« Reply #21 on: December 08, 2017, 09:45:49 AM »
 

newtusmaximus

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Regarding the 32-bit discussion:
I think Jerry's stated goal..."to show Windows users that Linux is not the hard OS they thought or heard it was"...pretty much sums up why the support for 32-bit processors is disappearing. 

The focus is on transitioning current Windows users who are considering test driving Linux for the first time.  My guess is the vast majority of that audience probably have machines built in the last decade running Windows 7, 8 or 10 (or God forbid Vista).  If so, those machines pretty much all have 64-bit processors, right? 


The goal is not to keep old machines alive.  Actually the goal is not even to create a distro that will attract users of other Linux distros.  -----



<RANT>

The assumption that all those existing LL32 bit users could run 64bit on their exiting machines is what I question.     If that is incorrect, then those users will no longer be able to be part of the LL movement.

I also suspect the a fair number of existing linux users that come to LL do so because the "advances" in the distros that they have used are beginning to overload their machines - i.e getting slower performance.  They have found that by getting rid of all the unnecessary "bling" they can bring new life to their machines. ( many comments on this in the archive)

While pushing the boundaries is a natural progression for the Purists/techies, the vast majority of new linux users IMHO want a stable, "safe" OS  on which they can run the programs that interest them  - i.e a workhorse.  Not having to look over one's shoulder and keep one's fingers crossed in case it all crashes / blue screen etc.  i.e does the job it is supposed to do!!  LL provides that "safe  kindergarten"

For me, this OS is my "rock" - Being a SOHO (small office/home office) user I depend on it so that I can get on with earning my crust.    In the past, all too often, software problems appeared out of the blue, and time that I could ill afford was spent frantically trying to put thing right - often occurring when there were tight deadlines to be met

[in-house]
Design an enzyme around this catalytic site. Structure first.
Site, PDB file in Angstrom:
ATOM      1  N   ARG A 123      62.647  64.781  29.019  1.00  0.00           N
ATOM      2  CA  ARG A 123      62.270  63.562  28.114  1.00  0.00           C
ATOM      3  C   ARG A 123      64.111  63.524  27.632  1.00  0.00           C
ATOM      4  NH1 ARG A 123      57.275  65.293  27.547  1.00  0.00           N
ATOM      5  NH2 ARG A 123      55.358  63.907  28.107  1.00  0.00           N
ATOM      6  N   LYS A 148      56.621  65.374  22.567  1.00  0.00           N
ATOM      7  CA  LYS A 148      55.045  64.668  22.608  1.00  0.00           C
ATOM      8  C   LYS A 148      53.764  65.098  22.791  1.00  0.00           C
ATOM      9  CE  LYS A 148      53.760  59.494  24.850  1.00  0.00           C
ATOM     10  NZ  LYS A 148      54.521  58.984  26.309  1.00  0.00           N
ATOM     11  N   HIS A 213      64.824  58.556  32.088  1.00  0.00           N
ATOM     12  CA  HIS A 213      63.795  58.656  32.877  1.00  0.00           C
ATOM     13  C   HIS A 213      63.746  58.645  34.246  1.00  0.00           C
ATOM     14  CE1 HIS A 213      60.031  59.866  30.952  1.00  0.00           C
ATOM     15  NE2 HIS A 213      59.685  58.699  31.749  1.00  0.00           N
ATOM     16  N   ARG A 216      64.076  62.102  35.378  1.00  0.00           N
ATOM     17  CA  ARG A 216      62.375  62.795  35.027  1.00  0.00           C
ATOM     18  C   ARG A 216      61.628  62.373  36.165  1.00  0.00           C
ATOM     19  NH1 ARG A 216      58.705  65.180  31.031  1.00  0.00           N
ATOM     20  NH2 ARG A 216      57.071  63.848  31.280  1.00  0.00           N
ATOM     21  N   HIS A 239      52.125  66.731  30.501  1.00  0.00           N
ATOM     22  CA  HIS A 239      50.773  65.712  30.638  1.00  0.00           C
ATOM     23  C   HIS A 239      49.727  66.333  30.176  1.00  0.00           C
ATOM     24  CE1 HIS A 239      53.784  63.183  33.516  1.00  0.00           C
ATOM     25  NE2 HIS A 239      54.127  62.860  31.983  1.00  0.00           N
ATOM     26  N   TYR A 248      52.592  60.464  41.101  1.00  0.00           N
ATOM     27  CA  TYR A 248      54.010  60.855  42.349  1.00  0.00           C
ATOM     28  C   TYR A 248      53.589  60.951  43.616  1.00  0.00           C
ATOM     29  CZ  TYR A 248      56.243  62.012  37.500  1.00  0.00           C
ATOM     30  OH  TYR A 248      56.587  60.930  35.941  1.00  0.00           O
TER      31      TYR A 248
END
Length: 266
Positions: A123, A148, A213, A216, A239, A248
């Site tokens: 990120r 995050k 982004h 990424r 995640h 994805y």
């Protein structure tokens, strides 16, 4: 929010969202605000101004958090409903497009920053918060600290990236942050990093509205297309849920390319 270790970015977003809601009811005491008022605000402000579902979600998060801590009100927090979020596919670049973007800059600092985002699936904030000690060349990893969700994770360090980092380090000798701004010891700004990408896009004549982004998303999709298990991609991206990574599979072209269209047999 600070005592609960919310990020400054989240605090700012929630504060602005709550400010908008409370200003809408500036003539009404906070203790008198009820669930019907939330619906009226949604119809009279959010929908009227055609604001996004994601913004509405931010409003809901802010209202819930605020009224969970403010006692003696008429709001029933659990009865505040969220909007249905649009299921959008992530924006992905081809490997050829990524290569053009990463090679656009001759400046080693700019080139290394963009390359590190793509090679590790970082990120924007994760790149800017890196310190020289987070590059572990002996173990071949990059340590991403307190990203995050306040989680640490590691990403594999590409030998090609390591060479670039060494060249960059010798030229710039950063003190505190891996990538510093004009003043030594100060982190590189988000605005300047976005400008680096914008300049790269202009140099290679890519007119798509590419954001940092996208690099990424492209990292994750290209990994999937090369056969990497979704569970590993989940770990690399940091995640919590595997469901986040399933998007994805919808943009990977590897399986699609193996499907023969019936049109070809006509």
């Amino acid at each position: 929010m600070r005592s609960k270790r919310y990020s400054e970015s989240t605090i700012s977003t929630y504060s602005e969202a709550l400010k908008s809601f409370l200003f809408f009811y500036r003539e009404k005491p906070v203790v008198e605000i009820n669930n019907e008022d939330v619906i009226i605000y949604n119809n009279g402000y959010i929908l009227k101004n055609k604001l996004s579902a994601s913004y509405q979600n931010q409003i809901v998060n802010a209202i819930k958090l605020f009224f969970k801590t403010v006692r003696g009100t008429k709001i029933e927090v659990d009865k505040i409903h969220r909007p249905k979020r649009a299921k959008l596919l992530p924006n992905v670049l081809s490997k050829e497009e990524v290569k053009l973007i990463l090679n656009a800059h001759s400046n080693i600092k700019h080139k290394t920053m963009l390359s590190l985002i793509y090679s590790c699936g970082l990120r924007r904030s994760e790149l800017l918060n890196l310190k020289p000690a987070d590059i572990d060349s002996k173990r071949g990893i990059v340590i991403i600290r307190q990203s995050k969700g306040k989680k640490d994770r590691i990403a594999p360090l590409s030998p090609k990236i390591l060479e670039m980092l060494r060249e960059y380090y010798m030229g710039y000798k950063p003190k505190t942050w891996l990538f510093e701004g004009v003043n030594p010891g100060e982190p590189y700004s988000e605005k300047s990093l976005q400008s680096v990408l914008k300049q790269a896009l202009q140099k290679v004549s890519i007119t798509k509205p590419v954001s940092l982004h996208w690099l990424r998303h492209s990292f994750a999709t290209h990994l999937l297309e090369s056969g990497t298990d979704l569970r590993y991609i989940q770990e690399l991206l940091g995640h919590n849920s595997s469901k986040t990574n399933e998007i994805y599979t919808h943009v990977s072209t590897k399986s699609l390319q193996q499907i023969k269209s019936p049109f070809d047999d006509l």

Having flirted with various  Linux distros for some time, the decision to  jump in, was eventually made because I had found this forum and I had the confidence that clear advice would be available to help me through the learning curve.  And so so it has been, for which thanks to all involved.

Those involved with frontier expanding work / gaming, cad, VR etc will have very different views , but they will be  more experienced in the black arts of linux and be able to fend for themselves or congregate to to other forums / networks.

With regards to keeping old machines alive:  If those machines are working well and users are able to still use them to achieve their goals/interests, why should those users be abandoned.

I had tried Puppy linux and similar, but found limitations in the range of software that had the necessary PET format;  I was not sufficiently knowledgeable on how to get round those limitations - not had the time to find out.

So  my hope is that LL does not forget what it has started, its core ethos to help newbies to convert to, feel comfortable with  linux  and leave such members behind in the rush to move "forward" i.e the urge to pursue complexity for complexity's sake.  A fault I believe other larger distros have succumbed to - - too much "bling"
</RANT>

Last Edit: December 08, 2017, 09:55:36 AM by newtusmaximus
2006 - HP DC7700p ultraslim Desktop Intel 6300 cpu  4GB Ram LL3.6 64bit.
2007 - Fujitsu Siemens V3405 Laptop  2 GB Ram LL3.6 32bit. Now 32bit Debian 9 + nonfree.